Start a Diversity and Inclusion Mentorship Program with Inclusive Leaders Group’s Guidance

Employees from diverse backgrounds stand to gain a lot from mentorship. And research shows that when workplaces offer formal mentoring programs, 3/4’s of diverse or minority employees opt-in. Organizations should take note. Achieving diversity doesn’t start and stop at equal numbers. To meaningfully support diversity, equity, inclusion, and belonging in the workplace, organizations should start formal mentoring programs.

Mentorship Programs That Can Boost DEI

When deciding which type of mentorship best suits your organization, it’s best to align with the overall objectives of your DEI strategic plan. objectives are clear , various mentoring formats can aid your initiative.

Mentoring Programs for Diversity

The aim of mentoring programs for diversity is to support and empower underrepresented employees (Women, People of Color, etc.) in their careers, developing their skills and network to increase leadership succession.

This typically involves pairing high potential employees from underrepresented minority groups, with senior management level employees to diversify the talent pipeline within organizations. This is known as reverse mentoring for diversity and inclusion. The other types of mentoring can be used for diversity mentorship programs too, but reverse mentoring is often the most effective.

As with starting any mentoring program, businesses looking to implement a diversity mentoring program must first outline the goals. Try and be more specific here than just ‘fostering a culture of diversity’ – perhaps you’re looking to increase employee retention within an underrepresented group or encourage more black women into leadership roles. Whatever the goal is, define it before starting and understand how you will measure success.

Depending on the goal, size of organization, and current diversity status, the way the program is set up will differ. In order to avoid the contradiction of a highly-exclusive diversity program, you can make it open but prioritise the under-represented groups that it is aimed to support.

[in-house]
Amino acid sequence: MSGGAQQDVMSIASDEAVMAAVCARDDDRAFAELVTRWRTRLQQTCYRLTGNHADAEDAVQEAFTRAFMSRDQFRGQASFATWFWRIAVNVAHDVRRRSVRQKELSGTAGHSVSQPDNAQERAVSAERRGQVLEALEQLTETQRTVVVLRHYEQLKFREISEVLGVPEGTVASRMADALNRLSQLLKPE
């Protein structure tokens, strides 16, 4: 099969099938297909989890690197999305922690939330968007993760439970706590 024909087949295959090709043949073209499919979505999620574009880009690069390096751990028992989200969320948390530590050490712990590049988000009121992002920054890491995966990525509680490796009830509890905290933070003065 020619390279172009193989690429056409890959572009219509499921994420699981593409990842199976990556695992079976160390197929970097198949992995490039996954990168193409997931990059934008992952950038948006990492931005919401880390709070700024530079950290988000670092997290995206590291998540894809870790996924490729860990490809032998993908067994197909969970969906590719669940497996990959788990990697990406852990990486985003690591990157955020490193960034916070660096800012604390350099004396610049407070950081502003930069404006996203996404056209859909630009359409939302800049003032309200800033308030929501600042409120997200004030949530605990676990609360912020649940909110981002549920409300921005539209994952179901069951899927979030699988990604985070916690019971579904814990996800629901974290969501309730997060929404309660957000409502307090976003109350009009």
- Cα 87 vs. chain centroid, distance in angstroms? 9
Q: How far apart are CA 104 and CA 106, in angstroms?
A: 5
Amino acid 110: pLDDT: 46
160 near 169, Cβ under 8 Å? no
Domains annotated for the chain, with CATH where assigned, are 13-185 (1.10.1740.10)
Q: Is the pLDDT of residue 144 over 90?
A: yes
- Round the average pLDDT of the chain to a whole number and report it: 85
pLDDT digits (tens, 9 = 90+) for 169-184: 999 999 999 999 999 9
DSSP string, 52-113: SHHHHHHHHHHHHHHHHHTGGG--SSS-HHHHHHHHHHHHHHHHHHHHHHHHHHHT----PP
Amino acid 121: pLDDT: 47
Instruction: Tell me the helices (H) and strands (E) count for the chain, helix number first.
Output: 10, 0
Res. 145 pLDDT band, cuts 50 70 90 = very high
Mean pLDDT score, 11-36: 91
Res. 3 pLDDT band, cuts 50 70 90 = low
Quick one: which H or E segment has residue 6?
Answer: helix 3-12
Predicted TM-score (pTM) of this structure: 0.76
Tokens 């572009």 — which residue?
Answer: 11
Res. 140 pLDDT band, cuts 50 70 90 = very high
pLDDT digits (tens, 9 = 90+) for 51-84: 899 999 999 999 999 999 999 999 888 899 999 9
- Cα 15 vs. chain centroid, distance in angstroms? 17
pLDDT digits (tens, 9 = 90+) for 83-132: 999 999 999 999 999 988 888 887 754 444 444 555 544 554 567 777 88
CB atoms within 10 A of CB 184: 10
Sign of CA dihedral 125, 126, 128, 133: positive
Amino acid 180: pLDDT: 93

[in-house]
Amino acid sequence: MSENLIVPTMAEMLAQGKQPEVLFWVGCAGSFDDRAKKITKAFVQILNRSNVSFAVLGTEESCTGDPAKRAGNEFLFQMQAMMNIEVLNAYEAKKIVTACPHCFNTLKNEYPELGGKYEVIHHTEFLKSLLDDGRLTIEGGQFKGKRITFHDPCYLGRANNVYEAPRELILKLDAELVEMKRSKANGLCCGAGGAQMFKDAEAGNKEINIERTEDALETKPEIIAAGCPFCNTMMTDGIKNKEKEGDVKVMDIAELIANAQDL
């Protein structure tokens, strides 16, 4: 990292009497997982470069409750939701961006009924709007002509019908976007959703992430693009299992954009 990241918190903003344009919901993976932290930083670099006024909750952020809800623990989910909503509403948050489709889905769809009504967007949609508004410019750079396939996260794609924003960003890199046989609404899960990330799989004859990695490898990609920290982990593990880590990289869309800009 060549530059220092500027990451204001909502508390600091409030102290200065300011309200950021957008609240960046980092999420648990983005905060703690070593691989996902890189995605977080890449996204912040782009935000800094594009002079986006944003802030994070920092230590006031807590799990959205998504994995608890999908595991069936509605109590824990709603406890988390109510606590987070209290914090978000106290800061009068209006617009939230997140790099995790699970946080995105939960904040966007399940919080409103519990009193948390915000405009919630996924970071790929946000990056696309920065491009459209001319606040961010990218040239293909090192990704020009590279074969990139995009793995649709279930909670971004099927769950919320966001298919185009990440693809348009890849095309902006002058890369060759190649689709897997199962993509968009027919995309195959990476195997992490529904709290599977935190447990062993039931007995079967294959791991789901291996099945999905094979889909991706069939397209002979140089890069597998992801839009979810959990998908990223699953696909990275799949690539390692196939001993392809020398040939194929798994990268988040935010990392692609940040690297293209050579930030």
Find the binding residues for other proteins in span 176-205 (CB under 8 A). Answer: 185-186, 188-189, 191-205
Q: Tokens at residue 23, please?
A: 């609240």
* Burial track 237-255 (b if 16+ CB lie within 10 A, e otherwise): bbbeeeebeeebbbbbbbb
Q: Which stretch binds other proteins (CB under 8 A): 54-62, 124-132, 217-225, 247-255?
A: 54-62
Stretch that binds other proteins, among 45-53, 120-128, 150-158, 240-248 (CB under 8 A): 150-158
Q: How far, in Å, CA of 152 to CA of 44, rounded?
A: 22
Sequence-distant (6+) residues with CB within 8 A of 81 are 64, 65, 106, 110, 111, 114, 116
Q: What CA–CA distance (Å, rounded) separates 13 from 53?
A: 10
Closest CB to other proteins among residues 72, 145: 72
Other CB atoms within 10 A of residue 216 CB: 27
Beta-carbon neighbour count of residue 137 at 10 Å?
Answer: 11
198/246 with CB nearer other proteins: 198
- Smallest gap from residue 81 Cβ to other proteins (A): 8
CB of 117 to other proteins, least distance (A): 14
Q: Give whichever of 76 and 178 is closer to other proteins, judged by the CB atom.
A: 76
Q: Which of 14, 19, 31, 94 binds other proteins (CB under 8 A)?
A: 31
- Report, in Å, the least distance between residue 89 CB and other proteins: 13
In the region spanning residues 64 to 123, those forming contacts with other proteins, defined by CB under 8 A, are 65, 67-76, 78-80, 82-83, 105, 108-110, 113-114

Mentoring Programs for Inclusion

Alongside a tailored diversity mentoring program, HR, DEI, and L&D teams can also run mentoring programs supporting a culture of inclusion. You can utilize your employee resource groups (ERGs) or business resource groups (BRGs) to promote and recruit participants to your program.

A good example of where mentoring for inclusion will have a real impact is age discrimination within the tech industry. 41% of IT and tech workers have witnessed age discrimination in the workplace, and 32% fear losing their roles due to ageism.

In this case, a number of companies have seen great success from reverse mentoring. Younger employees mentoring older employees and supporting them in their learning of digital skills can be hugely beneficial to everyone involved.

In this kind of mentorship, the younger employee will naturally also learn a lot, creating an inclusive culture of learning and development.

Mentoring Circles

A mentoring circle is a peer-to-peer format that enables employees to find co-workers who have different backgrounds than themselves and share experiences as a group to gain better understanding of interactions within the organization. Many organizations enable this format through employee resource groups (ERGs) or business resource groups (BRGs) that can gather people based on shared identities to build community and networking within those underrepresented groups. Mentoring circles are great ways to remove barriers, confront bias, and build more empathetic relationships across an organization.

By making mentoring an integral part of your company culture, you will naturally foster the sharing of knowledge, aspiration and development amongst all your employees, contributing to a diverse and thriving workplace.